The Times Online Style Guide has a section on the courts and lawyers that I remember using once with students. It’s not binding, of course, just a house style guide, and it relates only to Britain, but it’s interesting to look at.
It doesn’t know that the Divisional Court of the Queen’s Bench Division is now called the Administrative Court when dealing with judicial review, but then it may not have been updated since 2000.
bq. Court of Appeal judges are Lords Justices of Appeal. Use Lord Justice Bean throughout, or out of court context, Sir John Bean. Note Lady Justice Butler-Sloss, although now she is President of the Family Division, she is styled Dame Elizabeth Butler-Sloss. Also Lord Justice Brooke (not Brook).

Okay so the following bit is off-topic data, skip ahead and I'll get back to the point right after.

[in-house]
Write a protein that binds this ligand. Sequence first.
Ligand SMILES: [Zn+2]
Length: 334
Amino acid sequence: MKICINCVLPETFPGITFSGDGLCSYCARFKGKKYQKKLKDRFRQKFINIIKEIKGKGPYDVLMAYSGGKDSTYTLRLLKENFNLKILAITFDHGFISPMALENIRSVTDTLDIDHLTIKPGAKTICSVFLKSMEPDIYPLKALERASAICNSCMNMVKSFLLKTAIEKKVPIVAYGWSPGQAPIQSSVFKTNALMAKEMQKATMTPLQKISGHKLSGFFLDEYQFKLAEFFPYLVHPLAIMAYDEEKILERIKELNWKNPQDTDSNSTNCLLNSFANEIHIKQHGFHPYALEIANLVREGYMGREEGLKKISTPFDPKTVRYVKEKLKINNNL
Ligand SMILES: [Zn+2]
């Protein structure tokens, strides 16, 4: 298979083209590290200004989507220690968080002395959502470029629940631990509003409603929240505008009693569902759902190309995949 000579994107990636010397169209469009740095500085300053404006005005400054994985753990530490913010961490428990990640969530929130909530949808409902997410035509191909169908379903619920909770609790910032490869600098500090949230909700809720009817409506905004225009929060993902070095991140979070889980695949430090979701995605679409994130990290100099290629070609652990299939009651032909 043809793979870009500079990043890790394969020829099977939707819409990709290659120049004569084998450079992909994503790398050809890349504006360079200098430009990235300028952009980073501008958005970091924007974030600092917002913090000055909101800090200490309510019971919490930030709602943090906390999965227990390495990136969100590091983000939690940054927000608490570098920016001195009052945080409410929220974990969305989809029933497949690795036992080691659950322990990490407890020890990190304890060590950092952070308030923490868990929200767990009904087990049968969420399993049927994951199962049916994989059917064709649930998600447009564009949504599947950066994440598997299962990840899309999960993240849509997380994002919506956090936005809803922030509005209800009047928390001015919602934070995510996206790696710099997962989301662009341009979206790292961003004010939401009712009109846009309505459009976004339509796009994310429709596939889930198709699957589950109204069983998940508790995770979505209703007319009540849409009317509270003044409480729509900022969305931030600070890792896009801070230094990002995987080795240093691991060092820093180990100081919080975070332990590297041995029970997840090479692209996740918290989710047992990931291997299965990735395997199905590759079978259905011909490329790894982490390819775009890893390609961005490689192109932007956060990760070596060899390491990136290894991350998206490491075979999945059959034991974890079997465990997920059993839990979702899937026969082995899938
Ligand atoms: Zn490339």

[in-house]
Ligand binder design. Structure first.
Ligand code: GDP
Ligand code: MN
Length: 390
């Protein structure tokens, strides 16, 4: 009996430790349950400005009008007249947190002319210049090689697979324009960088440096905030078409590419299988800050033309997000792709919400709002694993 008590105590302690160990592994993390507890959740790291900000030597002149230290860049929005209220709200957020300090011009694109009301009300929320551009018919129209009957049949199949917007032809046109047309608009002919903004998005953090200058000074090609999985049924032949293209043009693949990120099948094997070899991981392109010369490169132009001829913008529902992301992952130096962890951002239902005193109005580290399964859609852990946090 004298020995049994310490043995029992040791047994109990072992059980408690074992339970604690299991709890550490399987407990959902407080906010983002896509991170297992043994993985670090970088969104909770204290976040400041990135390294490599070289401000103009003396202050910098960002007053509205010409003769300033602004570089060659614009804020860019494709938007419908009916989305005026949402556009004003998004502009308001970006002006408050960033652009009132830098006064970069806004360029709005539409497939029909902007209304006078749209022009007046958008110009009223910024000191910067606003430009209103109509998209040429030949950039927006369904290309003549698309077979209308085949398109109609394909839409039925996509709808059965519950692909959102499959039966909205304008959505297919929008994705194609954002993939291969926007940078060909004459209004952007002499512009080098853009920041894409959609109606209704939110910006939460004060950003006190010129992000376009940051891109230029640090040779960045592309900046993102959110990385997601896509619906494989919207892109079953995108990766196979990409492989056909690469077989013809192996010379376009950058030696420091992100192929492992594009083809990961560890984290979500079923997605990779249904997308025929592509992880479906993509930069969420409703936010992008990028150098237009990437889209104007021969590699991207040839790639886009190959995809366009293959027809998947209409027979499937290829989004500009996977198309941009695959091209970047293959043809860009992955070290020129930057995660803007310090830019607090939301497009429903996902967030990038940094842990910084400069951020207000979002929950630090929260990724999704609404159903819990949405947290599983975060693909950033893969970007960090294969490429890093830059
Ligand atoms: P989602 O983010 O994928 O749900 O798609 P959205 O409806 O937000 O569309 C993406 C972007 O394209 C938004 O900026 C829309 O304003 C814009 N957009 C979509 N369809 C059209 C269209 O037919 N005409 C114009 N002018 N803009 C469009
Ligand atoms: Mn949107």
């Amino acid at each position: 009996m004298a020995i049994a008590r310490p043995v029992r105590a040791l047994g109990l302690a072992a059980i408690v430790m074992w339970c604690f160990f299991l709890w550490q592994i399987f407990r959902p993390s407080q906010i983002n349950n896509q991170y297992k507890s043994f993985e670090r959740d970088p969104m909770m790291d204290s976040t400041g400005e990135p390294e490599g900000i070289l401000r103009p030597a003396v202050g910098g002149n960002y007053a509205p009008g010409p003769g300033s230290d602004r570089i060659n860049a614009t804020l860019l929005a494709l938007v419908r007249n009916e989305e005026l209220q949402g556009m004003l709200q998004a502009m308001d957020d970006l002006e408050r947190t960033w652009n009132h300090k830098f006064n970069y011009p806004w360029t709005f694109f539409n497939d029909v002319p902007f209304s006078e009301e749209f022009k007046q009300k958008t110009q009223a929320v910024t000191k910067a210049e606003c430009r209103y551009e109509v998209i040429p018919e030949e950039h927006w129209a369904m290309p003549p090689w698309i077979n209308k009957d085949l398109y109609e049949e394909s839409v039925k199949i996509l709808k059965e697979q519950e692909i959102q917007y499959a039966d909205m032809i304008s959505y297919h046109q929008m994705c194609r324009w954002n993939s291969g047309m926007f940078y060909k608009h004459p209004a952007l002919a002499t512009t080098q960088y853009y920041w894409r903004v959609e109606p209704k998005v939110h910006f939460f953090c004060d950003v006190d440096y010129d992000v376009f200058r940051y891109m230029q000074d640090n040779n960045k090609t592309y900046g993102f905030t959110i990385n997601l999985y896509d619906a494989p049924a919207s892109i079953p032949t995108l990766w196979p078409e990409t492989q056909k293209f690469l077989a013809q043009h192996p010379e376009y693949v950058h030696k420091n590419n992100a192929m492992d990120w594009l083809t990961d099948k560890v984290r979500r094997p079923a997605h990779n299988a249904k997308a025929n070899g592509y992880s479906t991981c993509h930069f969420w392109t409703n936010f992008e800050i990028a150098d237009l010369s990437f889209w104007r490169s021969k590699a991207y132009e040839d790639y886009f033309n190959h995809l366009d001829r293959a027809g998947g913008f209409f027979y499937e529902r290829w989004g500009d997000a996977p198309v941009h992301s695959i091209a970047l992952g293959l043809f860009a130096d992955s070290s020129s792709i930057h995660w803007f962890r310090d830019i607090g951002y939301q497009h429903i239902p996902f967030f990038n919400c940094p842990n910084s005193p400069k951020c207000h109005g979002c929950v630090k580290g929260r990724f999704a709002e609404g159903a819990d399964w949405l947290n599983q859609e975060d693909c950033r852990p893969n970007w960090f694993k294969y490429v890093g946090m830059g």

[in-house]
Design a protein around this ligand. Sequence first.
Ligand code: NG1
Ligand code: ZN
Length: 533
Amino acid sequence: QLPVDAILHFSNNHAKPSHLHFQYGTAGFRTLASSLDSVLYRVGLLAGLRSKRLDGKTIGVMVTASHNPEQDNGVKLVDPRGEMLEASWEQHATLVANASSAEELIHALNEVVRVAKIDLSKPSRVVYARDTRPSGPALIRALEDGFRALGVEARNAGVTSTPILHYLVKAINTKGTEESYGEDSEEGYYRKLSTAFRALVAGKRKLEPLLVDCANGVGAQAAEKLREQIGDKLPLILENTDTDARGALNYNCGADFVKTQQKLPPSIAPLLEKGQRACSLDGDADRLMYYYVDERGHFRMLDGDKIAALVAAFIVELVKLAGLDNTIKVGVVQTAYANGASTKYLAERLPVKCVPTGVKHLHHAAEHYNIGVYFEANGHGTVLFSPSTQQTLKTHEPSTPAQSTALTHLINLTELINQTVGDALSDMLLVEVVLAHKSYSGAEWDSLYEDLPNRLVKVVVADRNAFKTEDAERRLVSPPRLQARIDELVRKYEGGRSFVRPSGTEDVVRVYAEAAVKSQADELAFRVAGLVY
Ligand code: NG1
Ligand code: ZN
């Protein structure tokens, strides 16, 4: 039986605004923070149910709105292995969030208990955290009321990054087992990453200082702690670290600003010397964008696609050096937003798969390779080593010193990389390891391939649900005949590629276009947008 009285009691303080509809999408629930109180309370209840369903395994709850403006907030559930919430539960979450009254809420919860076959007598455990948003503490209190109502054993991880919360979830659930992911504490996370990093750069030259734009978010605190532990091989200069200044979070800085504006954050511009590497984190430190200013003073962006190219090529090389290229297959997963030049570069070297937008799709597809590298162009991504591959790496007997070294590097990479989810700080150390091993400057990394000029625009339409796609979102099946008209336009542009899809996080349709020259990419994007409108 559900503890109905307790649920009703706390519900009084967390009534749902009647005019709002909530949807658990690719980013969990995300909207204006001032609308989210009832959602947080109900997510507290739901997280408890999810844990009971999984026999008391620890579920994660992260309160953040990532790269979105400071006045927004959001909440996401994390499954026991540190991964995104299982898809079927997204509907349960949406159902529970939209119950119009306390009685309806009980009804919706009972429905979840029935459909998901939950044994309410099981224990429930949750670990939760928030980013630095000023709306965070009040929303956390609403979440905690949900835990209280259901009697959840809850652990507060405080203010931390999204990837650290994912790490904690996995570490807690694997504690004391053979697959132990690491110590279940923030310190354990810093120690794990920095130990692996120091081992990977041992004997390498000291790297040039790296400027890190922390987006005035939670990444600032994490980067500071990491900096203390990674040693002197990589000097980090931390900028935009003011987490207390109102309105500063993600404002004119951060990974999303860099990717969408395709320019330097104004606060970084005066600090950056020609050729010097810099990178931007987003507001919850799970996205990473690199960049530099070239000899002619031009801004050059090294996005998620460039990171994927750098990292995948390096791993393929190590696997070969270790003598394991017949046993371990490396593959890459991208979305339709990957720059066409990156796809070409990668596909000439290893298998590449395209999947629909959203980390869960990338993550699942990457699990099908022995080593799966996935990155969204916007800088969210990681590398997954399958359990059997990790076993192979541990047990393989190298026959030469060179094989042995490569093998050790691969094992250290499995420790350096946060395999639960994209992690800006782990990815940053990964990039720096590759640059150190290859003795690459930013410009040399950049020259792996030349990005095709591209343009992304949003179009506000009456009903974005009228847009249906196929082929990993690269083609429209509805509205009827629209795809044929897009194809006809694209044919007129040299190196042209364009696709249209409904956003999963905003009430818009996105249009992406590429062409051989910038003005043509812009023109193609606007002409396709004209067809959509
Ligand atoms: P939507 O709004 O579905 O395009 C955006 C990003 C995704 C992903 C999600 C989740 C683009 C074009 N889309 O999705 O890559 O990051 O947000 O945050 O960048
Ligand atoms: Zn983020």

She did call herself Lord Justice for a while, but eventually she gave in to common sense.This is nice:
bq. Defendants take their Mr, Mrs etc until they are convicted (see appellations, paragraph f).
Here some advice:
bq. Latin phrases go in roman, eg, mandamus, habeas corpus, certiorari etc, but maxims take italic, eg, caveat emptor.
But surely mandamus and certiorari have been renamed too (mandatory order, quashing order).
I sometimes wish they wouldn’t keep renaming things. I continue to use plaintiff rather than claimant in most of my translations, and custody of children instead of parental responsibility.